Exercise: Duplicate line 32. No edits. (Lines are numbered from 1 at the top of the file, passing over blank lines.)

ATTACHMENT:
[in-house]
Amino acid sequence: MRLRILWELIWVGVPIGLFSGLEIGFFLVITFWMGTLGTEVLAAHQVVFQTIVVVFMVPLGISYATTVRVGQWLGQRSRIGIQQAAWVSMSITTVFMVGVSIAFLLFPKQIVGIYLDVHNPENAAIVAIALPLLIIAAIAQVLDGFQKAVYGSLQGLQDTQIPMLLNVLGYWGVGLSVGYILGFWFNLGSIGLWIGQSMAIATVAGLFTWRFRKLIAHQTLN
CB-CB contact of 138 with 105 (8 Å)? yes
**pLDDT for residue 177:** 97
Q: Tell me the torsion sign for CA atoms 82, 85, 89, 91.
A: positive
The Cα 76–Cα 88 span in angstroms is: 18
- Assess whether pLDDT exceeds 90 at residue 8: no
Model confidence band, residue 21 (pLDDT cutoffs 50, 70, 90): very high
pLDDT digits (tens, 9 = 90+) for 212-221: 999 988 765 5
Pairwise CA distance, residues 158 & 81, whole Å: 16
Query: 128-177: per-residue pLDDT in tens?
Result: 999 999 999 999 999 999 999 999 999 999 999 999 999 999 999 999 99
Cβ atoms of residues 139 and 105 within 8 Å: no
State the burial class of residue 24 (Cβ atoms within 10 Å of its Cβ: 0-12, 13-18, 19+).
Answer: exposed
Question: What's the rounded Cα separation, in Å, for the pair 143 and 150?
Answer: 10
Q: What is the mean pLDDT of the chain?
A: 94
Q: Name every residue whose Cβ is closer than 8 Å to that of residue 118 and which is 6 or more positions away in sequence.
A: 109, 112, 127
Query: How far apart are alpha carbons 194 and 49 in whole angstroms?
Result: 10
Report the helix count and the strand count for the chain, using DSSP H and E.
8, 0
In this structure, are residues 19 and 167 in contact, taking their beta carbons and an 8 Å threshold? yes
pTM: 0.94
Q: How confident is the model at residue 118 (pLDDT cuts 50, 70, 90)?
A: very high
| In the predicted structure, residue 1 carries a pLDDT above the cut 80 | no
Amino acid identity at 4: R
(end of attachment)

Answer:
Amino acid identity at 4: R